Swedish scientists found that during the Chernobyl accident a nuclear explosion with a capacity of about 75 tons of TNT equivalent occurred. To do this, they analyzed the concentrations of 133Xe and 133mXe isotopes in samples of the Cherepovets air-conditioning plant, and also simulated the weather conditions after the disaster, using the recently published detailed data for 1986.
The accident at the Chernobyl nuclear power plant occurred at night on April 26, 1986. As a result of the production experiment, the station personnel lost control over the reaction, the emergency protection did not work, and the reactor power increased sharply from 0.2 to 320 gigawatts (thermal). Most witnesses point to two powerful explosions, although some speak of more.
According to the generally accepted version, the first of the two explosions is explained by the fact that the water that filled the cooling system instantly evaporated, the pressure in the pipes increased sharply and tore them apart. Then the heated steam began to interact with the zirconium shell of the fuel cells, which led to the active formation of hydrogen (polyrirconium reaction), which burned explosively in the oxygen of the air. In this paper, scientists question the nature of the first explosion and state that in reality it was a small nuclear explosion.
In favor of this hypothesis, the authors of the article give two main arguments. First, a few days after the disaster, scientists from the Radium Institute named after him. Chlopin registered the activity of 133Xe / 133mXe isotopes in liquid xenon obtained at the Cherepovets air-cooling plant.
Generally speaking, the factory mainly produced liquid nitrogen and oxygen to meet the needs of the Cherepovets metallurgical plant, but a side effect of its work was also the liberation of noble gases from the air. Radioactive isotopes scientists searched using high resolution gamma spectroscopy. As a result, the ratio of the activity of the 133Xe / 133mXe isotopes was approximately 44.5 ± 5.5 by the hour of April 29 (approximately 83 hours after the accident).
The change in the ratio of activity of xenon isotopes over time for three different scenarios of their formation. A short vertical line corresponds to data from the Cherepovets factory (Lars-Erik De Geer et al. / Nuclear Technology)
To explain this attitude, physicists simulated the processes taking place in the reactor with the help of the previously developed program Xebate. It took into account that in addition to the standard xenon isotope formation chain, as a result of a change in reactor power in preparation for the experiment (so-called xenon poisoning), isotopes were also produced as a result of a subsequent nuclear explosion of about 75 tons in TNT equivalent. At the zero moment, the ratio of the activity of the 133Xe / 133mXe nuclei formed in these two scenarios was 34.6 and 0.17, respectively.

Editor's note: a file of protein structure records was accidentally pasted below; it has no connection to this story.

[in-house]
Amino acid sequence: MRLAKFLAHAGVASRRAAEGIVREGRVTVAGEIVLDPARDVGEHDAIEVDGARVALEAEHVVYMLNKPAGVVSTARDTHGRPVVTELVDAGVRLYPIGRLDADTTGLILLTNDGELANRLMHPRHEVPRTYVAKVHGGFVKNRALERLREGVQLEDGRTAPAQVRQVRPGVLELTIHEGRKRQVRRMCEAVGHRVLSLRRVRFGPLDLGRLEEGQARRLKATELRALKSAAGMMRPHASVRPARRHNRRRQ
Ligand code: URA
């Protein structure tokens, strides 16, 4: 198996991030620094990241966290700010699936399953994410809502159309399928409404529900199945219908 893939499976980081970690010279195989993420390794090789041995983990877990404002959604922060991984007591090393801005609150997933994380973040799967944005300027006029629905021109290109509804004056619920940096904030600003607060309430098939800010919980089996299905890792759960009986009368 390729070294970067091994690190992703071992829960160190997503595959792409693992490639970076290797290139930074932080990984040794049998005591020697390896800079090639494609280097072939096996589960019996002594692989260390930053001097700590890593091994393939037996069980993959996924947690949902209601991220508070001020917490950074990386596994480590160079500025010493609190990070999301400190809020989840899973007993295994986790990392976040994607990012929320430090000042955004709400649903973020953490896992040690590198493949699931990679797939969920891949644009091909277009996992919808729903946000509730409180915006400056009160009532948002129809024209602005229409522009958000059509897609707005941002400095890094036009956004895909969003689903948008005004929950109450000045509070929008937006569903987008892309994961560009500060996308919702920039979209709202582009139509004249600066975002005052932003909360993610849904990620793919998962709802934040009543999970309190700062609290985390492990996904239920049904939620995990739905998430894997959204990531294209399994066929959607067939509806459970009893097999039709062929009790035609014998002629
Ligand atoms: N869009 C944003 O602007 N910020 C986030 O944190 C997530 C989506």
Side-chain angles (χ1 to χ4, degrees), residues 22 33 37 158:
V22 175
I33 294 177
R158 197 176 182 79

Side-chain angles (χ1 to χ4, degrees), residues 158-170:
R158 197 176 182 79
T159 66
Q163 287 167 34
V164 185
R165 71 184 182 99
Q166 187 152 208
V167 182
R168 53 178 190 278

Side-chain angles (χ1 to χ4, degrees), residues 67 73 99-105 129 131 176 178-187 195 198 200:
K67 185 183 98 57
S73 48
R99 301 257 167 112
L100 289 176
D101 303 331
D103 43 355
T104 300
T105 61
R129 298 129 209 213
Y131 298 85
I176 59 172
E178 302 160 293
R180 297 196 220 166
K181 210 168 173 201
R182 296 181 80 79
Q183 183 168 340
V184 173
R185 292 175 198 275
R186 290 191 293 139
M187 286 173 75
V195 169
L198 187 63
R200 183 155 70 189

Then, due to the difference in the half-life of the elements, this ratio changed, so that by the time of their registration, the activity ratio in the samples from the Cherepovets factory was equal. Scientists note that because of the uncertainty in this respect, the explosion power can only be determined approximately, and in fact it lies in the range from 25 to 160 tons with a probability of 68 percent (that is, in the confidence interval 1σ).
Secondly, scientists modeled meteorological conditions over the European part of the USSR after the accident, using the recently published detailed three-dimensional weather data and modern algorithms for calculating the motion of the air fronts. Modeling of the distribution of xenon isotopes scientists carried out for seventeen possible heights of its emission into the atmosphere, lying in the interval from zero to eight thousand meters.
As a result, scientists found that the observed activity of xenon isotopes in samples from the Cherepovets factory (which, incidentally, is located a thousand kilometers from the Chernobyl nuclear power plant) can be explained only on the assumption that the isotopes emitted during the explosion rose to a height of about three kilometers – at other heights would have fallen into the vicinity of Cherepovets either earlier, or later. The required height could just provide the proposed 75-ton nuclear explosion.
Results of modeling the distribution of xenon isotopes over the European part of the USSR at the time of 9:00 UTC on April 29. Black circle marked Chernobyl, white – Cherepovets. (Lars-Erik De Geer et al. / Nuclear Technology)
In addition, physicists give three more indirect evidence in support of their hypothesis. First, after the explosion, it was discovered that in the southeastern quadrant of the reactor core a two-meter serpentine plate disappeared, encased in an iron shell about four centimeters thick.
Further observations showed that it was melted by thin directional flows of high-temperature plasma, which could have formed as a result of a nuclear explosion.
Secondly, immediately after the accident, seismologists recorded two signals with amplitudes corresponding to two bursts of power of about two hundred kilotons and separated by a two-second interval.
In this case, the second of the explosions can be explained by the release of hydrogen, and the conventional theory of the first explosion gives a much smaller estimate for the power (whereas the nuclear explosion hypothesis seems to fit into this framework). Thirdly, several eyewitnesses claimed that they saw a bright blue flash above the reactor. On the other hand, it is known that in the case of uncontrolled nuclear reactions, due to the excitation of oxygen and nitrogen molecules in the air, a bluish glow appears.